Campaigns: Public Affairs - Clamping down on the dumped car

Abandoned vehicles are a major problem for many local authorities, and their residents, as more and more cars are being left on roadsides in the UK. The reasons would seem to be a sharp fall in scrap metal prices, the ban on lead in petrol, an increase in car ownership and the cost of vehicle disposal.

Abandoned vehicles are a major problem for many local authorities,

and their residents, as more and more cars are being left on roadsides

in the UK. The reasons would seem to be a sharp fall in scrap metal

prices, the ban on lead in petrol, an increase in car ownership and the

cost of vehicle disposal.



The council at Crawley in West Sussex wanted to act decisively, and so

implemented an abandoned vehicle amnesty, enabling residents to hand

over their unwanted vehicles free, without facing prosecution.





Objectives



To create a low-budget PR campaign to publicise Crawley’s abandoned

vehicle amnesty, with a target of at least 150 vehicles over a four week

period.



To inform Crawley’s 96,000 residents of the council’s clamp-down on the

problem, and that following the amnesty offenders would be liable to a

pounds 2,500 fine and/or up to three months’ imprisonment.





Strategy and Plan



Once the mechanics and legalities of the amnesty were in place

internally, a communications plan was produced. It had a heavy PR and

editorial emphasis, backed up with press advertising, warning notices

for vehicles and a 24-hour telephone hotline for the surrender and

reporting of abandoned vehicles.



The local press and broadcasters were targeted with the aim of getting

repeated, extensive and high profile editorial coverage throughout the

four week period.



A series of high profile advertisements in the Crawley News backing up

the editorial coverage were placed, playing on the themes of ’Don’t be a

Lemon’ and ’Last Chance Saloon’. Specially commissioned photographs of

abandoned vehicles were used in support of the media coverage.



Internal communication was also deemed important. Regular update

meetings were held between the communications unit and the council’s

licensing section, which was responsible for the amnesty.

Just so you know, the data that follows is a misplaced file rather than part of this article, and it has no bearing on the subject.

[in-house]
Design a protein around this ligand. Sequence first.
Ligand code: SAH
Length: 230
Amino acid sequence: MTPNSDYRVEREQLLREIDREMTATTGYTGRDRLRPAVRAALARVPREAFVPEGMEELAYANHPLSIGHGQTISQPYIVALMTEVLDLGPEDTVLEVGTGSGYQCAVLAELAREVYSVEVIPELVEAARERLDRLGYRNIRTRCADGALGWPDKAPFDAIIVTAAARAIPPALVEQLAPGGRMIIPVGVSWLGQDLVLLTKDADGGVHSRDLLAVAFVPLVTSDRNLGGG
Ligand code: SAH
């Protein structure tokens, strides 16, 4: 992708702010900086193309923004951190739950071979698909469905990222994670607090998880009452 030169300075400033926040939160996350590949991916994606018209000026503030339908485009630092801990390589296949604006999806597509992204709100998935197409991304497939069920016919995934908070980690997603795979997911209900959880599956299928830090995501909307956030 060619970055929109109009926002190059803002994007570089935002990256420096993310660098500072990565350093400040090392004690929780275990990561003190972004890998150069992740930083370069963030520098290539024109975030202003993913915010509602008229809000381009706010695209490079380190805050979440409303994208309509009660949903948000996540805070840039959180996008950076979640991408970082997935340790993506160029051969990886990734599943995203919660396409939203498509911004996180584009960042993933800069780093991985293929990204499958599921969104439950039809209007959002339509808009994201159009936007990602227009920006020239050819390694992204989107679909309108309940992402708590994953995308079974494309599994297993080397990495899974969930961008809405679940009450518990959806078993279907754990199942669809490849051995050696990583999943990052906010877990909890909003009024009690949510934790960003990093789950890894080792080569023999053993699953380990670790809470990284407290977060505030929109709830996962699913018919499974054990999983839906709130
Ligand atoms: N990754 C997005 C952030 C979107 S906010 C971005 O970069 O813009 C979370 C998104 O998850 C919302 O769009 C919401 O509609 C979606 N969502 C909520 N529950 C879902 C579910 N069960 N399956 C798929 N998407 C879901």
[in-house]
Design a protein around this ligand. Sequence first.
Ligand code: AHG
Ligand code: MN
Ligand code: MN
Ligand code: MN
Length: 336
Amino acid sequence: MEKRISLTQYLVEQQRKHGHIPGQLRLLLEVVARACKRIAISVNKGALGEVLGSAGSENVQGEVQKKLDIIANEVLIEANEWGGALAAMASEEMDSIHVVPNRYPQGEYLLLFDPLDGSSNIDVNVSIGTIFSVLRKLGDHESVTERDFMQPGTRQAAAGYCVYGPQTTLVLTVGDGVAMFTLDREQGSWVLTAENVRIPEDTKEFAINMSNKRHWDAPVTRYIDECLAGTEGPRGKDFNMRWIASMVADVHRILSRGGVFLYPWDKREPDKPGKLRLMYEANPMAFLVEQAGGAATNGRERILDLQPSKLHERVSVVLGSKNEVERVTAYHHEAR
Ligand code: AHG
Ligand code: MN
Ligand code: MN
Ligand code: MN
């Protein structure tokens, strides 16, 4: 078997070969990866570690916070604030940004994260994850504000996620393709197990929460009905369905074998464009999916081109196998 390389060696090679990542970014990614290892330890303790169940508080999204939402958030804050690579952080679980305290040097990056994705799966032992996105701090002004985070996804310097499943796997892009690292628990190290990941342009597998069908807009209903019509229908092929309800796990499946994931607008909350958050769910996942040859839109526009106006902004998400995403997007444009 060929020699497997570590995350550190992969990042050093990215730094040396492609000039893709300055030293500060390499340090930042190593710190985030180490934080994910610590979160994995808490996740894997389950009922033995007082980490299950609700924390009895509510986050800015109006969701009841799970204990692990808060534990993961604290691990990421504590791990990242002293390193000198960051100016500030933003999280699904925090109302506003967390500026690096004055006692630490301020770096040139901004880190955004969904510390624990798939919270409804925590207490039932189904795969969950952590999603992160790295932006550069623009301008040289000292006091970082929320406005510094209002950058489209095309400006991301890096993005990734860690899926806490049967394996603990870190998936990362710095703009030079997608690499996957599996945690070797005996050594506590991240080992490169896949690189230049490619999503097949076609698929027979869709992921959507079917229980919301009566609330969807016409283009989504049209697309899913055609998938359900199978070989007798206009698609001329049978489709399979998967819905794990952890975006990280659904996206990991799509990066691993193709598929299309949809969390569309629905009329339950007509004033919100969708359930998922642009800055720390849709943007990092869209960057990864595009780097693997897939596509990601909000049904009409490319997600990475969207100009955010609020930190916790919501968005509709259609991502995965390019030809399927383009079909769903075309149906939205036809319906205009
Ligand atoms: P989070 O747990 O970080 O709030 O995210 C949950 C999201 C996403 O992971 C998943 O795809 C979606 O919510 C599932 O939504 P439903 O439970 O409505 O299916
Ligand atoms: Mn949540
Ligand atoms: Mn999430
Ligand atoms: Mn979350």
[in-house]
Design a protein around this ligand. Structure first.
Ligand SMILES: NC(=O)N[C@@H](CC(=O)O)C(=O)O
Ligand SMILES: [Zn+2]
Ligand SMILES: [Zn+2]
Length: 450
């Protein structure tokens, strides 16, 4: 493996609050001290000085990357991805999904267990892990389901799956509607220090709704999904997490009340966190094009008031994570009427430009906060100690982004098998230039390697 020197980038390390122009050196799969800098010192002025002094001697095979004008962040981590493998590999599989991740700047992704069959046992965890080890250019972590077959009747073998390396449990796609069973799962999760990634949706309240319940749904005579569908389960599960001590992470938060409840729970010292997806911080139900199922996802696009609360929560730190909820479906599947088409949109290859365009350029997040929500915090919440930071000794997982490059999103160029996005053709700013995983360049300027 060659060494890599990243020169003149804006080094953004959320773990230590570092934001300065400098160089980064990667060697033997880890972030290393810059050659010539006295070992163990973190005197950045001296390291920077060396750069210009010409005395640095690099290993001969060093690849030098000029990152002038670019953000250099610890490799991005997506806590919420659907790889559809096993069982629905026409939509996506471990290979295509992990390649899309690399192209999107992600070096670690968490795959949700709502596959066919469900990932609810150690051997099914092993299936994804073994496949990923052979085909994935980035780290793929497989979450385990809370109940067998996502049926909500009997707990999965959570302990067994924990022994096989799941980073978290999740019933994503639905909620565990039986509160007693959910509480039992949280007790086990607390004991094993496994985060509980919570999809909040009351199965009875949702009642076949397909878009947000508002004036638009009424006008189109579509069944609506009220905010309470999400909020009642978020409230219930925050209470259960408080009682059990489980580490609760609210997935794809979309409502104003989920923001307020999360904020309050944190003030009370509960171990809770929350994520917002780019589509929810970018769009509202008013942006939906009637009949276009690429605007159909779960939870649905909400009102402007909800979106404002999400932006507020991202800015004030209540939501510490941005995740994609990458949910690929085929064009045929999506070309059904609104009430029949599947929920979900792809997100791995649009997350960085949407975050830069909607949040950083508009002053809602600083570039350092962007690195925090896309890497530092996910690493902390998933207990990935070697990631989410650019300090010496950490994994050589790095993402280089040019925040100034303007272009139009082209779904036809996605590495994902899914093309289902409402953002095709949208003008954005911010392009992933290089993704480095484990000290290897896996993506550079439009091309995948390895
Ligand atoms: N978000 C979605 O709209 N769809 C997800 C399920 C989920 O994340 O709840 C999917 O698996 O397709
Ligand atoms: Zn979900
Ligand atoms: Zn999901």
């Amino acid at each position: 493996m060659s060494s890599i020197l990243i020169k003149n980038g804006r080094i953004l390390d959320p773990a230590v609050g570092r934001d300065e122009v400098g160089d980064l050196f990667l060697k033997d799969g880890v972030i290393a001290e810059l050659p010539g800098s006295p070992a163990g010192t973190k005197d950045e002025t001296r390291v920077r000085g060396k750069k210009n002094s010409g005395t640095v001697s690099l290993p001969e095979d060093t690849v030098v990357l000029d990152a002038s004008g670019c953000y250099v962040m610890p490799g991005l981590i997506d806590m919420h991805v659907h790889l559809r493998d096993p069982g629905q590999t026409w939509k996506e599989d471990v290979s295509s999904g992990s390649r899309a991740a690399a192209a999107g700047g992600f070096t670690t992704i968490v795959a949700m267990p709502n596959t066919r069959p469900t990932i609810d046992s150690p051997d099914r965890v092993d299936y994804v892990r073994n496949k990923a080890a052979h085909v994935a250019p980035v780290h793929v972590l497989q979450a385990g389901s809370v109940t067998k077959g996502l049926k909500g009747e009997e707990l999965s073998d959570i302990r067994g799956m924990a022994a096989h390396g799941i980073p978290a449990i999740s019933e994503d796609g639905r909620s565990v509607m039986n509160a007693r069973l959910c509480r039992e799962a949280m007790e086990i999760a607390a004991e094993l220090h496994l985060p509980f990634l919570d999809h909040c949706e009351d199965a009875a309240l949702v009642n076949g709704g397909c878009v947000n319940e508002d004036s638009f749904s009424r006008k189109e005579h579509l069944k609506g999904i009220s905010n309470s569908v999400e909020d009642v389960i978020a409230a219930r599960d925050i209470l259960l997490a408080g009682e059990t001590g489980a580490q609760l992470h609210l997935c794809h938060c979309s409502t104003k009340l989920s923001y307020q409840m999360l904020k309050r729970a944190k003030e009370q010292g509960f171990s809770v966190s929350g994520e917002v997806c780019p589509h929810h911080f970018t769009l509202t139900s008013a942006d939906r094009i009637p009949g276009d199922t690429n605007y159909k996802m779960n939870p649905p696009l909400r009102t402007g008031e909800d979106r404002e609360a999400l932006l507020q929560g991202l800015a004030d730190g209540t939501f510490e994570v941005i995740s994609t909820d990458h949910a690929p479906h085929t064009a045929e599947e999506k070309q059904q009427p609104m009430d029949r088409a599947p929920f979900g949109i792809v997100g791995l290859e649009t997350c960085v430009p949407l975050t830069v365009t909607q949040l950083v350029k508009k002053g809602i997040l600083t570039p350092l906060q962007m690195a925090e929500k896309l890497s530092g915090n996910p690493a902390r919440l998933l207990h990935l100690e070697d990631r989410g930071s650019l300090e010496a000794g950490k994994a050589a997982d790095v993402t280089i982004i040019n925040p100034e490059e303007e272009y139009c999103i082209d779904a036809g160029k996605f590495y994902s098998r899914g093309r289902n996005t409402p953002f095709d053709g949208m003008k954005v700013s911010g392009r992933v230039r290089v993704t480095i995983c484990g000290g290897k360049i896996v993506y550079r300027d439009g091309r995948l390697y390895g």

All council staff and members were also updated via the council’s

intranet site, e-mail and the staff newsletter. There was also close

liason with Sussex Police, West Sussex Fire Brigade and West Sussex

County Council, all partners with Crawley in tackling abandoned

vehicles.





Measurement and Evaluation



The number of vehicles reported and surrendered was an easy measure,

which could be updated daily for the press. The Abandoned Vehicles

Amnesty achieved expansive coverage in the local press - including the

Crawley News, the Crawley Observer and the Brighton Evening Argus, on

local radio - BBC Southern Counties and Radio Mercury, and in Crawley

Council’s bi-monthly magazine for residents, Crawley Live. Meridian TV

and BBC South also covered the amnesty as a news item.





Results



The campaign was very successful, especially in light of the small

budget.



After the four-week campaign, 165 vehicles were handed over to Crawley

Council for destruction.



The amnesty cost the council pounds 1,900 in towing fees plus the costs

of the PR campaign. However, if the cars had been removed from the

roadside as abandoned vehicles, it would have cost pounds 4,600 in

storage fees, as cars have to be stored for 28 days in case they are

claimed by owners. Over 300 telephone calls were made to the telephone

hotline.



Since January 2000 an additional 281 abandoned vehicles have been

reported.



The telephone hotline is to be maintained to allow people to continue to

report dumped vehicles.



In addition, Crawley Council unexpectedly received enquiries from other

councils keen to replicate the scheme, who had seen the Meridian TV

coverage.



Client: Crawley Borough Council

Campaign: Abandoned Vehicle Amnesty

PR Team: In-house communications unit

Timescale: 22 November-17 December 1999

Budget: pounds 600, excluding staff costs



Have you registered with us yet?

Register now to enjoy more articles and free email bulletins

Register
Already registered?
Sign in

Would you like to post a comment?

Please Sign in or register.